- VertuoLine capsules make more crema, but the OriginalLine coffee comes closer to an authentic espresso taste
- The OriginalLine has better variety-pack options
Original Line Capsules
The Original line is divided into 6 categories: Intenso, Espresso, Lungo, Decaffeinato, Master Origin, and Crafted for Milk. Additionally, the capsule range is capable of brewing a .85 oz ristretto, 1.35 oz espresso, or a 3.7 oz Lungo. We’ve included the current list of flavors plus the provided description and intensity level.
Furthermore, while Nespresso does offer their own line of OriginalLine compatible capsules, they are also available from numerous third parties including Maud’s, Gourmesso, Artizan, and more. This is not yet true for the VertuoLine.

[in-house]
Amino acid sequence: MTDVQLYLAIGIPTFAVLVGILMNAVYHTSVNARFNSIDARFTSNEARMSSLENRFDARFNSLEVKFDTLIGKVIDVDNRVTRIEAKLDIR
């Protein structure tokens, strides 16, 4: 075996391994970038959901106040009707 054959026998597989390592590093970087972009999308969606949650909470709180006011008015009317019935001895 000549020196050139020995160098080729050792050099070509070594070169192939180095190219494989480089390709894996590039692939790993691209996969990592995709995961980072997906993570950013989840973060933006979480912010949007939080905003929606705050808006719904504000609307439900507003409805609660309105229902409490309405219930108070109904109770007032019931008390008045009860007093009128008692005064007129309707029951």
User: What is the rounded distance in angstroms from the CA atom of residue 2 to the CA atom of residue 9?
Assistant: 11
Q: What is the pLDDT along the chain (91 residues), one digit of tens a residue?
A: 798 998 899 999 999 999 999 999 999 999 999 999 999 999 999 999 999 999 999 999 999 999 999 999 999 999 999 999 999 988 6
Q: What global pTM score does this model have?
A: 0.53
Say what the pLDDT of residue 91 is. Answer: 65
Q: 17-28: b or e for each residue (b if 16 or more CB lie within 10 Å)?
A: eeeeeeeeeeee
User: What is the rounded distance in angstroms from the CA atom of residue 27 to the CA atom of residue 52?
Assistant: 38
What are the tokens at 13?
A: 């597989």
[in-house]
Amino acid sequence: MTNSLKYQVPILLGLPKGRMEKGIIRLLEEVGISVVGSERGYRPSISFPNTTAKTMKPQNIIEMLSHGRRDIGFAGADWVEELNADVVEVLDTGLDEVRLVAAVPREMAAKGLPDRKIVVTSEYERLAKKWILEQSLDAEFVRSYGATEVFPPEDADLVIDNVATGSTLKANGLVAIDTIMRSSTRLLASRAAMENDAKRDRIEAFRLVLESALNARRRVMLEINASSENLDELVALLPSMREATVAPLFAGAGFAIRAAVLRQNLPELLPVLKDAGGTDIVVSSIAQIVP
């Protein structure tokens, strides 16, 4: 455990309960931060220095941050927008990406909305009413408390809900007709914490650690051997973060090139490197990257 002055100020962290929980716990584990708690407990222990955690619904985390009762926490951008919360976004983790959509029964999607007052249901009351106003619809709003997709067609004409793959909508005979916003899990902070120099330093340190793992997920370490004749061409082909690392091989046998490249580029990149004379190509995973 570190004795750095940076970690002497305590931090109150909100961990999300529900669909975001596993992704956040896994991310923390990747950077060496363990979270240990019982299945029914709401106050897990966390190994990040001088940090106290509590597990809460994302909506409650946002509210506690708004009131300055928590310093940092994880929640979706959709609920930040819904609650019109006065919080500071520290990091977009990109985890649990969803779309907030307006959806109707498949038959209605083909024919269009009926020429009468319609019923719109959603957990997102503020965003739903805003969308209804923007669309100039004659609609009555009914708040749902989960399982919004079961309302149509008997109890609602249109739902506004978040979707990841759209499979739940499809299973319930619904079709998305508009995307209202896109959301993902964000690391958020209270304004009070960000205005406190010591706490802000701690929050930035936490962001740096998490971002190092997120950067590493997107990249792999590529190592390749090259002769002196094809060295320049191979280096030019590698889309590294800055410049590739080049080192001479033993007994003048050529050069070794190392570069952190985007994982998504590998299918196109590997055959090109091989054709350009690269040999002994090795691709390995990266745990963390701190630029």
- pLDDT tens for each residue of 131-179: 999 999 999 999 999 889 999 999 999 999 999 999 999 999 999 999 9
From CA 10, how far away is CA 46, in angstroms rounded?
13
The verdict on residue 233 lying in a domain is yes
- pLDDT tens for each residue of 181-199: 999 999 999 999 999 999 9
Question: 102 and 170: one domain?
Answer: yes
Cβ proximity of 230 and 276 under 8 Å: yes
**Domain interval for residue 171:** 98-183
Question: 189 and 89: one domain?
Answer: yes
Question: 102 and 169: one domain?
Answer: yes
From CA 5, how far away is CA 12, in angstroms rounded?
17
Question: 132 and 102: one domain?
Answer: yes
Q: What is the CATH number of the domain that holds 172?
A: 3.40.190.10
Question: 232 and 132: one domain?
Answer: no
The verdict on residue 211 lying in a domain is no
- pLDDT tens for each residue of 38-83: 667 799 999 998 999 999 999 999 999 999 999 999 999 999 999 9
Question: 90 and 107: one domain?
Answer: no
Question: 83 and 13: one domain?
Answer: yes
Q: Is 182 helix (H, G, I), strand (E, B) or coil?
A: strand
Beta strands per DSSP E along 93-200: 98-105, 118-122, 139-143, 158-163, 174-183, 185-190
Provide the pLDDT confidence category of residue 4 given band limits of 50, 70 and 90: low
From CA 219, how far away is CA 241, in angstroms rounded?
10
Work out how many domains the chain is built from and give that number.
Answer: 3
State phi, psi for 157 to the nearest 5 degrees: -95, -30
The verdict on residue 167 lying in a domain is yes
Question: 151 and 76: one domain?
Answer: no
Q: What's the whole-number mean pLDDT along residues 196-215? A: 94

- Kazaar: Intense and Syrupy (12)
- Dharkan: Long-Roasted and Velvety (11)
- Ristretto: Long-Lasting and Contrasting (10)
- Arpeggio: Intense and Creamy (9)
- Roma: Full and Balanced (8)
- Livanto: Round and Balanced (6)
- Capriccio: Rich and Distinctive (5)
- Volluto: Sweet and Light (4)
- Cosi: Mild and Delicately Toasted (4)
- Envivo Lungo: Potent and Caramelized (9)
- Fortissio Lungo: Rich and Full-Bodied (8)
- Vivalto Lungo: Complex and Balanced (4)
- Linzio Lungo: Round and Smooth (4)
- Ristretto Decaffeinato: Powerful and Contrasting (10)
- Arpeggio Decaffeinato: Intense and Creamy (9)
- Volluto Decaffeinato: Sweet and Light (4)
- Vivalto Lungo Decaffeinato: Complex and Balanced (4)
- Colombia: Winey and Red Fruits (6)
- Ethiopia: Fruit Jam and Orange Blossom (4)
- Nicaragua: Smooth Honey and Sweet Caramel (5)
- India: Woody and Spicy (11)
- Indonesia: Tobacco Leaves and Woody (8)
Crafted for Milk (+Flavored)
- Corto: Spicy
- Scuro: Roasted yet Balanced